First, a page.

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Book review: <i>In The Pond</i> by Ha Jin



Some people are entirely happy with their lot in life; with work and a roof over their heads and a decent meal they can be satisfied. Some people live lives of quiet dissatisfaction. And some people have a way to strike back. Such is the political and very entertaining tale of Shao Bin, Harvest Fertilizer Plant worker by day, artist by night, who takes of the corrupt powers that be.

The story

Shao Bin has worked at the Harvest Fertilizer Plant in Gold County for six years. He is sick of living at Dismount Fort in his one room, and feels that he and his wife and baby are sure to get an apartment this time from the Housing Committee. When he is turned down, he approaches the leaders of the plant. They laugh his allegations of corruption away, so Shao Bin takes matters into his own hands and constructs a political cartoon to appear in one of the newspapers in order to reveal their corruption and shame the leaders. This single act sets off a chain of unexpected events, with Shao Bin thwarted at every turn and the leaders more and more desperate to keep their positions. Eventually he takes his battle right to the top in his quest for recognition, fairness, and a decent apartment.

The style

Ha Jin has a droll and descriptive style; his writing is ponderous but at the same time light and easy to read. His manner of describing events is excellent, the reader can see the room in which he lives, smell the air, taste the food, and picture the whole feeling of Gold County. His adjectives are never cliched - some of the passages of note in the story are insults like "son of a tortoise", or a description of Shao Bin being kicked in the testicles: "he was lying on his back with both hands covering his crotch, his legs stretching out in the shape of a flock of flying geese". Who would have thought it? But it works so well! The whole story is infused with a dry humour, all the characters tinged with something slightly ridiculous or caricatured like so it's a bit like the story itself is a political cartoon about a political cartoon. Clever.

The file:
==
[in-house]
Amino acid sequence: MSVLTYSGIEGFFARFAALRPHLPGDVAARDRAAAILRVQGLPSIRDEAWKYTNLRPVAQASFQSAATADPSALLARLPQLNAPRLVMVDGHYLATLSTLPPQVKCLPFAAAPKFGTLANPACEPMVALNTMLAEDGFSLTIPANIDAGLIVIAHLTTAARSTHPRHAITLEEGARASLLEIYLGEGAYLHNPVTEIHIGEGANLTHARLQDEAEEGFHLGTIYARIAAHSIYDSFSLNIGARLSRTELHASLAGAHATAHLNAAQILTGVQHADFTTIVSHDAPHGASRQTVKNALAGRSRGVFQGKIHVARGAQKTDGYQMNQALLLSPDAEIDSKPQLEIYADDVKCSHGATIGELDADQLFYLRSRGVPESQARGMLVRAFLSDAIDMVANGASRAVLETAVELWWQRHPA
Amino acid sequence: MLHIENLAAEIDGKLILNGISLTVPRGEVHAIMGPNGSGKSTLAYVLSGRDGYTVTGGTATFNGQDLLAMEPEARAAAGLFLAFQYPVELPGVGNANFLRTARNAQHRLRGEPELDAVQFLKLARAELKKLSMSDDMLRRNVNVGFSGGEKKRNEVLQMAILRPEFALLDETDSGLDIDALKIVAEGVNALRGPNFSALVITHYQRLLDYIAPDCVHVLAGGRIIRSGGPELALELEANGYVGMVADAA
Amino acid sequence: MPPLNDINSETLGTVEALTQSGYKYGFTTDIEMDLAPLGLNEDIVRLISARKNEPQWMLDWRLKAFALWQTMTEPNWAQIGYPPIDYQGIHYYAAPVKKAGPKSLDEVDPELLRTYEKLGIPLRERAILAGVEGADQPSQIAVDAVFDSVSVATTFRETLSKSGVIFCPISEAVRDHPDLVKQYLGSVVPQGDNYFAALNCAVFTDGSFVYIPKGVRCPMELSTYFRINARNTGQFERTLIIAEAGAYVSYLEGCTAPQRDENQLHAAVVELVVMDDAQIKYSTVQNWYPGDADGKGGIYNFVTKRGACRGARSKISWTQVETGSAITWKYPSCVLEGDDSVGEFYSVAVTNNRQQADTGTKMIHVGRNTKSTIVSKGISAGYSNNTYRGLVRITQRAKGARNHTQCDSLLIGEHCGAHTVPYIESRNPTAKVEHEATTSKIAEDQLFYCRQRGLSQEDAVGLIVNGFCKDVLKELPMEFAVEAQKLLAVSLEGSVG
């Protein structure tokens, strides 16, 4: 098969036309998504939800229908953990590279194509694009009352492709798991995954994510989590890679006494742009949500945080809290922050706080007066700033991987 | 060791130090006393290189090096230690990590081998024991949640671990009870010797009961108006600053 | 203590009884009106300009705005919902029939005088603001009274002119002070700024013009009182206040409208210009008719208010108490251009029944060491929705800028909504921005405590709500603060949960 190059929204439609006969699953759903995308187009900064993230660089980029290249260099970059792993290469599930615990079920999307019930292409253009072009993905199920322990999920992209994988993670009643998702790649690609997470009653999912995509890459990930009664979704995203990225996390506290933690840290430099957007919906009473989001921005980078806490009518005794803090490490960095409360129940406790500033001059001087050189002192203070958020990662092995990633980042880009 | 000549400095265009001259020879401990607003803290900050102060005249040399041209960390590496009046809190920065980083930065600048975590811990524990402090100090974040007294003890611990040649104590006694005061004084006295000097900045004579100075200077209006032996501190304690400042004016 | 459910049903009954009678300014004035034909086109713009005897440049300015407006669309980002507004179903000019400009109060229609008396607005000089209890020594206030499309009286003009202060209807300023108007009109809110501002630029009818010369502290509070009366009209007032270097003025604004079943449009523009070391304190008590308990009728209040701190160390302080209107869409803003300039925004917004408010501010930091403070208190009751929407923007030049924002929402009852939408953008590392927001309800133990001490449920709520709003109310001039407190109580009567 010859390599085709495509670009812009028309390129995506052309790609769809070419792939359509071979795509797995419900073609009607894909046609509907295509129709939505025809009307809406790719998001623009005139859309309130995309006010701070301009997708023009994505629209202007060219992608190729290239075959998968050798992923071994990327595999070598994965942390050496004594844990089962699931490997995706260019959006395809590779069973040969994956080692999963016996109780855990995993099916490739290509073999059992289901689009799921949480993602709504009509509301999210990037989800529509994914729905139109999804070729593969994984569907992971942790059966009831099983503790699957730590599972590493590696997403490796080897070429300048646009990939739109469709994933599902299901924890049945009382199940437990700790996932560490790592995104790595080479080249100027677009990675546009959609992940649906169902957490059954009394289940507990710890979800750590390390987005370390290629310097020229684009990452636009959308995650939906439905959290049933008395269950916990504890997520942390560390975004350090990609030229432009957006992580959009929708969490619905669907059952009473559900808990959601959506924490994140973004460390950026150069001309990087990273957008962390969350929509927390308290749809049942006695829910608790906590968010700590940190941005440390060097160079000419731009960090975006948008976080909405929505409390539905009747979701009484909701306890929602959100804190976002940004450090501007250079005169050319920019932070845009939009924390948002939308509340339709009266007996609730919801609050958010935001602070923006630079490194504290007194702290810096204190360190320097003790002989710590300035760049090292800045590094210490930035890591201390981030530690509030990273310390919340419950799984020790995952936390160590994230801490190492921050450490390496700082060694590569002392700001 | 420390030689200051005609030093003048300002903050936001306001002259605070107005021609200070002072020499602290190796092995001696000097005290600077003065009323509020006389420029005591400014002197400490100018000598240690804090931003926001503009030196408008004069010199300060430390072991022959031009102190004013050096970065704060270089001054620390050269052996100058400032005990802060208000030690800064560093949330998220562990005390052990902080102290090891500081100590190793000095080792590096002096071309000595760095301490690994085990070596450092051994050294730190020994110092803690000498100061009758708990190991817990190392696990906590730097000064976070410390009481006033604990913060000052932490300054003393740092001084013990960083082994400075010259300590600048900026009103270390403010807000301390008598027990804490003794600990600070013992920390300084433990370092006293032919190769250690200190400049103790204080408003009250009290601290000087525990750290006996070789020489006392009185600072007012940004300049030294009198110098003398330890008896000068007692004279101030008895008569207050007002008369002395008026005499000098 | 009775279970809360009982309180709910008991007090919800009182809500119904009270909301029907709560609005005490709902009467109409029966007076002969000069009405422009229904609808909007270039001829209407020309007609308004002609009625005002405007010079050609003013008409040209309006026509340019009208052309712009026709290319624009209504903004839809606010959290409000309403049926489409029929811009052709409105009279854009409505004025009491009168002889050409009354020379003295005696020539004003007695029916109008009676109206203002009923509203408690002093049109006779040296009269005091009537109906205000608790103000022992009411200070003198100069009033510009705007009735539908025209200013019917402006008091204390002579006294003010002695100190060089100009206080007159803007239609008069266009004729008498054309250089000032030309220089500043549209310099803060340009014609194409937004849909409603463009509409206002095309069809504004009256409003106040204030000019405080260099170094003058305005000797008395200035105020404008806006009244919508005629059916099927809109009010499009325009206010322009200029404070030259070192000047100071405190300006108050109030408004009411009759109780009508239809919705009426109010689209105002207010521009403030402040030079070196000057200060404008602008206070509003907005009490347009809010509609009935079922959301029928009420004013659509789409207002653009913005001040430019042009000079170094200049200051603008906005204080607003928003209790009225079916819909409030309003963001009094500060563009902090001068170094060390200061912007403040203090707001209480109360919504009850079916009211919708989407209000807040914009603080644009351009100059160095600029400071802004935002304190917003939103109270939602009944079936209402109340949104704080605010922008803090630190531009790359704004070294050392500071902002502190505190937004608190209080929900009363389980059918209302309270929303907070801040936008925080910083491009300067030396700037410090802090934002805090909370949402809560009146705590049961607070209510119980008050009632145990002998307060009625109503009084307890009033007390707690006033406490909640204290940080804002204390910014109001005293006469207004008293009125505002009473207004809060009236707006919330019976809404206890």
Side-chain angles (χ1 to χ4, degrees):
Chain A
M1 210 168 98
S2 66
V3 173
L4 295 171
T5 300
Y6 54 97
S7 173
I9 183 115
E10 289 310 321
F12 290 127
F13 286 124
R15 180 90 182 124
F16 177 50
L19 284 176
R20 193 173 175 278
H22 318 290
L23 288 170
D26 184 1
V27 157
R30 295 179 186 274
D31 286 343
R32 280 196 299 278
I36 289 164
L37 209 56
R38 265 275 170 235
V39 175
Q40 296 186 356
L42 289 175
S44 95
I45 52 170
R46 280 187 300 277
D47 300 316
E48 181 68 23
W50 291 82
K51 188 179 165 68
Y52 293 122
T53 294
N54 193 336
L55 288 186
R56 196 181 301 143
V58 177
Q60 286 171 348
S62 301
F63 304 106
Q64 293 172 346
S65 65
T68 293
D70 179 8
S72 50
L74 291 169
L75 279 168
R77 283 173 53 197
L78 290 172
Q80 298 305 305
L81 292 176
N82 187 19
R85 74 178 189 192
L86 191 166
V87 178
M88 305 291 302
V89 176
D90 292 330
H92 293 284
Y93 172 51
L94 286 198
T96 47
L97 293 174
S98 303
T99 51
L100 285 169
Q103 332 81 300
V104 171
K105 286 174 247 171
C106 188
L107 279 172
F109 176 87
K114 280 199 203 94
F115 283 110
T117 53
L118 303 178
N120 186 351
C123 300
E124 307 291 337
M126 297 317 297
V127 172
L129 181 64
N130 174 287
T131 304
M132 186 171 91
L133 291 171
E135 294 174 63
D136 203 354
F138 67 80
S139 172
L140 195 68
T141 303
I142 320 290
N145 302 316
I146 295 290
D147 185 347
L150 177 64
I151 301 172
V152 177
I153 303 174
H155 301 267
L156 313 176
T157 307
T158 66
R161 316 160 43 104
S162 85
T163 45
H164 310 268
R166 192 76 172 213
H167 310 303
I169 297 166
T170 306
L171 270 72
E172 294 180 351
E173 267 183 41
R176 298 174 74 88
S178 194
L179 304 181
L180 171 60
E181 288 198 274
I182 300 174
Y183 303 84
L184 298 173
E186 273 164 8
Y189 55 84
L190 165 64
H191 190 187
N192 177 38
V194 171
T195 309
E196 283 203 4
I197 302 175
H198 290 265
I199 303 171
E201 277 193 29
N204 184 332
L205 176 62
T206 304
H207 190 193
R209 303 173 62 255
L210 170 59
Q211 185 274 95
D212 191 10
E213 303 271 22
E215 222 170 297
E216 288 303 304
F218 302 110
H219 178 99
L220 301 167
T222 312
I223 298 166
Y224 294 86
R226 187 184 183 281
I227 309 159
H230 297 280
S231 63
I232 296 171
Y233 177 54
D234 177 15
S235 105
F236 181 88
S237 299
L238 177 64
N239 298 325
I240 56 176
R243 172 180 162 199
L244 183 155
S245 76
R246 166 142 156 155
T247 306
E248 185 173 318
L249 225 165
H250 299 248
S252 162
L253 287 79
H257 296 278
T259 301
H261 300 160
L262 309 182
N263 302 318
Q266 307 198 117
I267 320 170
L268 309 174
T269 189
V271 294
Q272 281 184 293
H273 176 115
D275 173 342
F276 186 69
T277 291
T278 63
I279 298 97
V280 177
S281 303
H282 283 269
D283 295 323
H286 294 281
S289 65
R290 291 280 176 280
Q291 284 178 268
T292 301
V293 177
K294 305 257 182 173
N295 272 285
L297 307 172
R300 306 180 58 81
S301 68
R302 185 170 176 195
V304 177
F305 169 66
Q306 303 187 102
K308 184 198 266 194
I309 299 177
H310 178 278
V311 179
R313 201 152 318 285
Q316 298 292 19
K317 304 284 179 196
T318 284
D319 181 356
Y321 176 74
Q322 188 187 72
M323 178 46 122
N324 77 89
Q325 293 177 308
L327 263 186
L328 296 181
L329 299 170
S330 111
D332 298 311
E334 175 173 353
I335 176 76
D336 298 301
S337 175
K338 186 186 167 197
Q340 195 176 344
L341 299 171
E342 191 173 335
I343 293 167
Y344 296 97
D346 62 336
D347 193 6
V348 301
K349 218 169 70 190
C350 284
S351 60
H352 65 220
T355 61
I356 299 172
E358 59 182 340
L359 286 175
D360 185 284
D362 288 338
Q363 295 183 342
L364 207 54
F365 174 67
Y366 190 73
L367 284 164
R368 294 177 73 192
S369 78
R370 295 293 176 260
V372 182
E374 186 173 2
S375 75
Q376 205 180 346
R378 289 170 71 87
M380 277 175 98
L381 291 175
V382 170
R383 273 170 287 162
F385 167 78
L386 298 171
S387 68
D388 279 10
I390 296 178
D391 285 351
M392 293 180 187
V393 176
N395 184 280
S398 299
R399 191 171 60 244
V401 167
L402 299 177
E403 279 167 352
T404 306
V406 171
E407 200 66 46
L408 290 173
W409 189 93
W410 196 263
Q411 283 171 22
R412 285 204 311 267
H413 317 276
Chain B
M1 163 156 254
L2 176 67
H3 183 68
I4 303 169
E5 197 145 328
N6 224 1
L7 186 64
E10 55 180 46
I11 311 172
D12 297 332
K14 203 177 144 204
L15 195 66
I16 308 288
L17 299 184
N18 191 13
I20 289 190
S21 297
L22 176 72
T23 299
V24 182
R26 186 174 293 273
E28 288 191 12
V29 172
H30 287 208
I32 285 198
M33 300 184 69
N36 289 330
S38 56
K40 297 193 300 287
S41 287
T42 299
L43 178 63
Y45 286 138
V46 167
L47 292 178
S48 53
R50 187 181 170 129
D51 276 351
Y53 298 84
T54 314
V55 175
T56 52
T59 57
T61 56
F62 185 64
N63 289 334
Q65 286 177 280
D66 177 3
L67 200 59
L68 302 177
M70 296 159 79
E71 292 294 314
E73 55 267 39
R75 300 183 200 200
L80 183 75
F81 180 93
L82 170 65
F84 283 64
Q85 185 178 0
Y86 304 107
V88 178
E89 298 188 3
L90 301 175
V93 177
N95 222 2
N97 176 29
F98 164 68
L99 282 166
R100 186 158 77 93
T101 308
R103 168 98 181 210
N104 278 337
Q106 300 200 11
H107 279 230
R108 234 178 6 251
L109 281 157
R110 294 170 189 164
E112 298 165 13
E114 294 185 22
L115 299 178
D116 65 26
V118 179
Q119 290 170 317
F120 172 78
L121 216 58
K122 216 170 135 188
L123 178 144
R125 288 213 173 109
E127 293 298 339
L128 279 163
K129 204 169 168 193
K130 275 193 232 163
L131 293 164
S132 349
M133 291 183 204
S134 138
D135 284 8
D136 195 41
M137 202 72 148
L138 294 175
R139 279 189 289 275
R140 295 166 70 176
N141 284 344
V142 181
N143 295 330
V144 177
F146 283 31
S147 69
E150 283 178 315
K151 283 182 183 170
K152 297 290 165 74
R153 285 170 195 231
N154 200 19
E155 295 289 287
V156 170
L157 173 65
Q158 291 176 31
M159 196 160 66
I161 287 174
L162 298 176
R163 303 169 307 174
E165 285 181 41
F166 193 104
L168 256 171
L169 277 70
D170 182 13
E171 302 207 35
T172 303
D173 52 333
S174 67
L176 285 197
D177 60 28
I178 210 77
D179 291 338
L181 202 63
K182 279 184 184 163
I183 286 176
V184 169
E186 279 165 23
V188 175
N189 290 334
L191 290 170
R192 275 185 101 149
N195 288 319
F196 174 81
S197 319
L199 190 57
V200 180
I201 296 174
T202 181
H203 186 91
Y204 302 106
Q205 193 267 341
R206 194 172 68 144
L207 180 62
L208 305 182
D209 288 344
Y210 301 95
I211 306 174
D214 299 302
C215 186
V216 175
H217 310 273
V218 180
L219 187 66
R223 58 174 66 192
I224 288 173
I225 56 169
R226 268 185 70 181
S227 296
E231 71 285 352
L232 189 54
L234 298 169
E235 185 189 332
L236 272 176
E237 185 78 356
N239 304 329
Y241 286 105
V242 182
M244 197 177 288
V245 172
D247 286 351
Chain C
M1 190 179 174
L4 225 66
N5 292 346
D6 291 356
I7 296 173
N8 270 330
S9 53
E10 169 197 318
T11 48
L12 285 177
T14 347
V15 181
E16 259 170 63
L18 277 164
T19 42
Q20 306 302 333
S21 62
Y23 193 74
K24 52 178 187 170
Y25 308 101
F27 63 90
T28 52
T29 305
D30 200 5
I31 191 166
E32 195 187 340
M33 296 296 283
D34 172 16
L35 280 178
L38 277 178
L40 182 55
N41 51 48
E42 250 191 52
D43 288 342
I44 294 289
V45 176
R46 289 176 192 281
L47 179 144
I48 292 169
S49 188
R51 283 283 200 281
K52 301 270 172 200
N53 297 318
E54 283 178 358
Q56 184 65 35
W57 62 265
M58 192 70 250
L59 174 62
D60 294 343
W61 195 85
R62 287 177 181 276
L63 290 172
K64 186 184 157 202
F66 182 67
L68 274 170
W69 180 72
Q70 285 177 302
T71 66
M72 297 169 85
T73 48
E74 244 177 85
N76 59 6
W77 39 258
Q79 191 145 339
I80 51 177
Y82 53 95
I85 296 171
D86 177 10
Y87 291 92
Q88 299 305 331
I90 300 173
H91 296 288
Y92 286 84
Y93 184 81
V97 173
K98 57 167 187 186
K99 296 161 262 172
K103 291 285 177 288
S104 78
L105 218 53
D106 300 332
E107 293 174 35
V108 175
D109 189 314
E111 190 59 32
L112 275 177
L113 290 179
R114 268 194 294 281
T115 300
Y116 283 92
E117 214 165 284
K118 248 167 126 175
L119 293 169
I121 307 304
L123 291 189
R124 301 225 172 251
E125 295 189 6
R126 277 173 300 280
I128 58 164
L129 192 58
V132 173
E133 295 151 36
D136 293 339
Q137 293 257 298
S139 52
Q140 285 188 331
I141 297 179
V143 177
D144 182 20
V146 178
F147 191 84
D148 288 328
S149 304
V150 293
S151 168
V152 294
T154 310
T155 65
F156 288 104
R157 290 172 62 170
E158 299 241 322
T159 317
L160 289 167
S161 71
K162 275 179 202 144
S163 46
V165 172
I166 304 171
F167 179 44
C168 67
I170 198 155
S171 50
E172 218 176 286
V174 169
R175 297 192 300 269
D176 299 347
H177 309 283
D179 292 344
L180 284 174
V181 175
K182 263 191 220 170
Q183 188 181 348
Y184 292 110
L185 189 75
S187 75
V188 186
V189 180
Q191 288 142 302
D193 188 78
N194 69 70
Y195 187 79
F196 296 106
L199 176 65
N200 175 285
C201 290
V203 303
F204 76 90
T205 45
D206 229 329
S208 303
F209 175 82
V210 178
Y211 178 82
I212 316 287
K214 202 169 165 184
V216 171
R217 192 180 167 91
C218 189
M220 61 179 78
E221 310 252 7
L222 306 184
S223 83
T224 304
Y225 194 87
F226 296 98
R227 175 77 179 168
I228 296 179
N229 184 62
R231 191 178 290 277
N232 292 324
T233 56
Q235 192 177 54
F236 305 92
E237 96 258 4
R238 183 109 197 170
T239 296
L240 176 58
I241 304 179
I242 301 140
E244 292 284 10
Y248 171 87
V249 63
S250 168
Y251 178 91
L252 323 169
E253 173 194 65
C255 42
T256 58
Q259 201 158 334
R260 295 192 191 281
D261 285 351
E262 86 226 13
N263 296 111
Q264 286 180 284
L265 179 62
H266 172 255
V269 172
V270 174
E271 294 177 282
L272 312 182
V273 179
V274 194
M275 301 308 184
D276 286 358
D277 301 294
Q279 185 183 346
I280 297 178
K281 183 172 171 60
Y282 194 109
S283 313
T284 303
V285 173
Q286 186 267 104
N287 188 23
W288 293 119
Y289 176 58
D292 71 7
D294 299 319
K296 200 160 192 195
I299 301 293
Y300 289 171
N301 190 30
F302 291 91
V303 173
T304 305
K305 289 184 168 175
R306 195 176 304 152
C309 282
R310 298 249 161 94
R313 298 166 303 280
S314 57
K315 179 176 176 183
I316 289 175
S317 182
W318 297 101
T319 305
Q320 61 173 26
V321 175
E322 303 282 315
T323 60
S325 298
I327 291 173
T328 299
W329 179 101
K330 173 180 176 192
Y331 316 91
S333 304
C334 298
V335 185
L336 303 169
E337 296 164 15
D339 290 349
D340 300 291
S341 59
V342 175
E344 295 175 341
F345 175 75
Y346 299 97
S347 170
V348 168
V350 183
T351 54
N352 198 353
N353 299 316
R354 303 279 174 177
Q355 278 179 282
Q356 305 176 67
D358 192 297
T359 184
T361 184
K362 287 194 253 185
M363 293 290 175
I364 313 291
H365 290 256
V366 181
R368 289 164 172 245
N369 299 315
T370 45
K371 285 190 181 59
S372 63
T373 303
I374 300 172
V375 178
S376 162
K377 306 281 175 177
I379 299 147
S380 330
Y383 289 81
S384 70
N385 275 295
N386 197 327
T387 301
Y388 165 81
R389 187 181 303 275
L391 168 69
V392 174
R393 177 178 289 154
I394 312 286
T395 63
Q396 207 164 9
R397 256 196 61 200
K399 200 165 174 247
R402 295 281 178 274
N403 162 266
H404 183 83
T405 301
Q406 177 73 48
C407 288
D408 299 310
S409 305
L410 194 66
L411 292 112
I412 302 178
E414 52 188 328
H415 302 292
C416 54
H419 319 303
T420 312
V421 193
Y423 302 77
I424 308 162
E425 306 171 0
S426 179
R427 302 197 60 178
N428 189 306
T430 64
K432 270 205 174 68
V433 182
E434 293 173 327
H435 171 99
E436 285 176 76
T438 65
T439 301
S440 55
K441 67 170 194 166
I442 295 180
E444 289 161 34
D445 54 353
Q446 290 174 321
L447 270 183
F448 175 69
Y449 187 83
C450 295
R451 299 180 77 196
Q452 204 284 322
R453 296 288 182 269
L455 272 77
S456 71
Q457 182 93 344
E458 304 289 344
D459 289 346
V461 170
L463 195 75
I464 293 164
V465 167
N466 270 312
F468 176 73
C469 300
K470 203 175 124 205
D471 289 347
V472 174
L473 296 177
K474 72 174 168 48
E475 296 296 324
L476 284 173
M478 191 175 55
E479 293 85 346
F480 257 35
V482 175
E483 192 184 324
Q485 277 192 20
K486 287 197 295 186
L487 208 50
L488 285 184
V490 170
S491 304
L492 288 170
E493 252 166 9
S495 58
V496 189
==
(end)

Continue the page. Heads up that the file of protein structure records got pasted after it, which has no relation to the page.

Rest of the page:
In The Pond is written in the third person limited from the point of view of Shao Bin. Bin is creative, thwarted, and fallibly human; everything he attempts in the best of faith goes terribly wrong, leaving him regretting his actions and at the same time plotting something else that is bound to get him in even more trouble. The writing style is similar to that of Waiting - Ha Jin's first novel - but In The Pond shows a more playful and political side of the author.

I think what I enjoyed about In The Pond most was the political aspect without the "ooh, Communist China, better get heavy and moralistic and put my alliances on my sleeve". Sure, it's set in Communist China. And it provides an insight into how certain political elements and systems function. But the humour shines through, and judges the characters not a communists but as people. It was the most political non-political book I've ever read, and it was just great fun.

Who is this book for?

This book is for anyone who wants to read something with an Asian flavour; authentic, rich, and above all, playful. Don't expect to hear about the horrors of modern Communism, but politics, weakness, pride, and determination are all present and accounted for. Did I mention it's really good?

If you like this book, you would also like...

Ha Jin's first novel, Waiting, is of a different storyline but paints a beautiful and insightful view into modern China also. While I personally liked In The Pond better, Waiting has its own humour and value.

In short

Title: In The Pond
Author: Ha Jin
Publisher: Vintage International
ISBN: 0375709118
Year published: 1998
Pages: 178
Genre(s): Contemporary literature, Humour, Political
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Comments

Great little book. Easy to read. Interesting story and setting. Didn't like the ending much though. It just all wrapped up to quick.